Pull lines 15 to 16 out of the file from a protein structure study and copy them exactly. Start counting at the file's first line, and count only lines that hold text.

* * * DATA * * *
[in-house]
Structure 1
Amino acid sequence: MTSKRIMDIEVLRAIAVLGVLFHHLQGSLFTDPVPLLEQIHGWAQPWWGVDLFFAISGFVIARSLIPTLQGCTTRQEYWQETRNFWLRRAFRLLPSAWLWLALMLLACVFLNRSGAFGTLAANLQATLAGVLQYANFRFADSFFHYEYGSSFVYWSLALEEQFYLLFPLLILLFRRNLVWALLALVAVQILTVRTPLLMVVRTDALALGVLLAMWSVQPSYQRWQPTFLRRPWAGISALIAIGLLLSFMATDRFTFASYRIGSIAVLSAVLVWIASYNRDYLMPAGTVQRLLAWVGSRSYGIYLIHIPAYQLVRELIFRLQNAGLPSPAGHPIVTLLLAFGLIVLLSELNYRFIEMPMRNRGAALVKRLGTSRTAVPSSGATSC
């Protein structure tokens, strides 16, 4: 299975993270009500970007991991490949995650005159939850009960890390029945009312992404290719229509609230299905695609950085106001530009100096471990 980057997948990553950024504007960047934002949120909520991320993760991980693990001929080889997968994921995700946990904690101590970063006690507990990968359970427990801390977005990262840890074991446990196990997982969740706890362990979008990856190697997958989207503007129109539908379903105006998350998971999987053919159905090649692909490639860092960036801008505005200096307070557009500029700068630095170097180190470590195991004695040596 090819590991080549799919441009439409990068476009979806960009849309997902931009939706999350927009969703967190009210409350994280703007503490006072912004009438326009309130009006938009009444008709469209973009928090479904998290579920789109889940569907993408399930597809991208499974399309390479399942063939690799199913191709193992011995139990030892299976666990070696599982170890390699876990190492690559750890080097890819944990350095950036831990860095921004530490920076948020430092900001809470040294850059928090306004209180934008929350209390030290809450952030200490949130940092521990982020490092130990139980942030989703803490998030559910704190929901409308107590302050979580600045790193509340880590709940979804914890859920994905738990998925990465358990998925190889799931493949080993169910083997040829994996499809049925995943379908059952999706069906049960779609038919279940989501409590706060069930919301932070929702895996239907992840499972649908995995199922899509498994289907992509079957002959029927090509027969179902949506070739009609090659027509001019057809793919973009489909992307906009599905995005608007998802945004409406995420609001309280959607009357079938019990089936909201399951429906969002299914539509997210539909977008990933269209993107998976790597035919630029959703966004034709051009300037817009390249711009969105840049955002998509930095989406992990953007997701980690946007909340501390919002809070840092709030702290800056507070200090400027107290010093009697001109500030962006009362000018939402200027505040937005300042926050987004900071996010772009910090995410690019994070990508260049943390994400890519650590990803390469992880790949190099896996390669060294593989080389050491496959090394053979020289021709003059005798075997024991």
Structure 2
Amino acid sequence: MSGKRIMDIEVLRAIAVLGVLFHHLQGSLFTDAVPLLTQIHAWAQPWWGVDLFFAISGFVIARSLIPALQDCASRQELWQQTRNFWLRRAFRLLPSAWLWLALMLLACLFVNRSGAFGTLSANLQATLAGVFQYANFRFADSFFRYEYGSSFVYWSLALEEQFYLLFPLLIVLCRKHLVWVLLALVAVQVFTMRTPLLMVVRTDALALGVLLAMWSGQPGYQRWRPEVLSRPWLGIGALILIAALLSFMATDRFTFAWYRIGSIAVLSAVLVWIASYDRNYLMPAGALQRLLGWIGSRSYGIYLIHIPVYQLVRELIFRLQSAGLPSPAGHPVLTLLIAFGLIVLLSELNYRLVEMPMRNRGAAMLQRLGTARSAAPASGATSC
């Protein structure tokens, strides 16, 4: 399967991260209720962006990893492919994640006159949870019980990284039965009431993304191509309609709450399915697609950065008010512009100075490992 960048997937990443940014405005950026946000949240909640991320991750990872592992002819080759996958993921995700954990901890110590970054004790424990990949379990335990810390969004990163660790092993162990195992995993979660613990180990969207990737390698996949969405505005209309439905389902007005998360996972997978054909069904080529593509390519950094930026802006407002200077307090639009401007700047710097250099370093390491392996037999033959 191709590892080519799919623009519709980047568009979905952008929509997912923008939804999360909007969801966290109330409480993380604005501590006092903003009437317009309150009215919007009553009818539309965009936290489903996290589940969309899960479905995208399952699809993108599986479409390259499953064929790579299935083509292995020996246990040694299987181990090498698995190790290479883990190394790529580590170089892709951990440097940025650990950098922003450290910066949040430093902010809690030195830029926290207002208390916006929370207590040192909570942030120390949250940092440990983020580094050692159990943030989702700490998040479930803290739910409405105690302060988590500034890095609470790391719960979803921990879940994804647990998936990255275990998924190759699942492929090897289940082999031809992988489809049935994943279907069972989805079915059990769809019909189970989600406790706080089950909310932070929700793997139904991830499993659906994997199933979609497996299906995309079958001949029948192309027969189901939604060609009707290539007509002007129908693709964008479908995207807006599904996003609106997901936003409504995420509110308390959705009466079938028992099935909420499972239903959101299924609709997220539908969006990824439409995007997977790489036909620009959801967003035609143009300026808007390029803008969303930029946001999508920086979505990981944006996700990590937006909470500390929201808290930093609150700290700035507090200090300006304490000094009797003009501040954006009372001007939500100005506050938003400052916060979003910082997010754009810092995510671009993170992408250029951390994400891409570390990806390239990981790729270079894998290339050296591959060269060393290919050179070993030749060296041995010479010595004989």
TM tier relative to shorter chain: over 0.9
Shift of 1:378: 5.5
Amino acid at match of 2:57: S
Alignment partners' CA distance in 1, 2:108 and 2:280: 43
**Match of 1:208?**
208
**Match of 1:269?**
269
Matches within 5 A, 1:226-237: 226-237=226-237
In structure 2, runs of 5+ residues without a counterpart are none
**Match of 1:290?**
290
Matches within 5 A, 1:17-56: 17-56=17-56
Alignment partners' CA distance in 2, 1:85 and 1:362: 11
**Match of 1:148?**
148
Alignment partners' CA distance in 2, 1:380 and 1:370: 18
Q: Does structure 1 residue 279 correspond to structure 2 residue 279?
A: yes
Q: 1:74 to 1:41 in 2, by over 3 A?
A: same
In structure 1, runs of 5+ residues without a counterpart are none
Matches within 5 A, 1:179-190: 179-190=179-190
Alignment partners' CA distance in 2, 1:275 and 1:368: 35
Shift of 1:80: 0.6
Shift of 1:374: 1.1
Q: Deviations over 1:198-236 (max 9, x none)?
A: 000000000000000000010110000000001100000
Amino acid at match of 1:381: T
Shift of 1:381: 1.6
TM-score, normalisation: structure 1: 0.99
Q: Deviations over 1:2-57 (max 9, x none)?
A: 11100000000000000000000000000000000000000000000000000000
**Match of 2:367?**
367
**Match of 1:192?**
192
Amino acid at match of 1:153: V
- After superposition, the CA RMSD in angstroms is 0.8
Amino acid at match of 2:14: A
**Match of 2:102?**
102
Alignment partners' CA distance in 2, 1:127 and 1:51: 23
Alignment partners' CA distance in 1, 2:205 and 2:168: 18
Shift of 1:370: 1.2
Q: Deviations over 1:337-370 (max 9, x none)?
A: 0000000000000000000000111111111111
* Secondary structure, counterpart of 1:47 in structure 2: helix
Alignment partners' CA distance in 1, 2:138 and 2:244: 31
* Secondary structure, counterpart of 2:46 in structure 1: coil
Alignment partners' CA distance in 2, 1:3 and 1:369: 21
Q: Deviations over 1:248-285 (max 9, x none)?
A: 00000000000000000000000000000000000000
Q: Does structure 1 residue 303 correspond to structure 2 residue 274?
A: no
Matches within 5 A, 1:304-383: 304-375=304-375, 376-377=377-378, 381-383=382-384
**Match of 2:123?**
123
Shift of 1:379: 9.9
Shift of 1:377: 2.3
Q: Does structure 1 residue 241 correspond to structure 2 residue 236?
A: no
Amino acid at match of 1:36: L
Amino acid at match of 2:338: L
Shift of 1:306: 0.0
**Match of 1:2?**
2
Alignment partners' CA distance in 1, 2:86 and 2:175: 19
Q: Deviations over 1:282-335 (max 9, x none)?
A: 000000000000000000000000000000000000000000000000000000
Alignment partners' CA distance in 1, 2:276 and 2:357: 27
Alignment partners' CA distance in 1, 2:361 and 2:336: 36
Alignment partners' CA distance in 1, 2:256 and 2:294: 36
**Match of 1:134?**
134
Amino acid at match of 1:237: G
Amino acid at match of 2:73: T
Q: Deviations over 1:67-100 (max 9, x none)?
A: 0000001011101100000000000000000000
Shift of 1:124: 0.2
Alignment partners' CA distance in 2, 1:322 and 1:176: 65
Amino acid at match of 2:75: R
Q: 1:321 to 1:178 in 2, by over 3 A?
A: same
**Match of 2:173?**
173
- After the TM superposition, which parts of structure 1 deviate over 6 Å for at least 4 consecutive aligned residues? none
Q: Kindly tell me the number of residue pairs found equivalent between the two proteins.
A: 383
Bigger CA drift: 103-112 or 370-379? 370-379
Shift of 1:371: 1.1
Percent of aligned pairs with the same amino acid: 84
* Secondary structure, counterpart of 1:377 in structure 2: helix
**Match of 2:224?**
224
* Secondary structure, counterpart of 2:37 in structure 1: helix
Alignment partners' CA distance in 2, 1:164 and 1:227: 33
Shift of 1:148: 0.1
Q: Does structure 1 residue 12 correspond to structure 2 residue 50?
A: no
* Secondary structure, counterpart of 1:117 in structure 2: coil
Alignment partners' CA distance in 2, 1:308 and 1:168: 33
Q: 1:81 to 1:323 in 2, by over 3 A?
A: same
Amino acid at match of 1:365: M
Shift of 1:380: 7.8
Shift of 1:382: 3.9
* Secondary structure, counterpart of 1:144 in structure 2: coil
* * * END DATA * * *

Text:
269
Matches within 5 A, 1:226-237: 226-237=226-237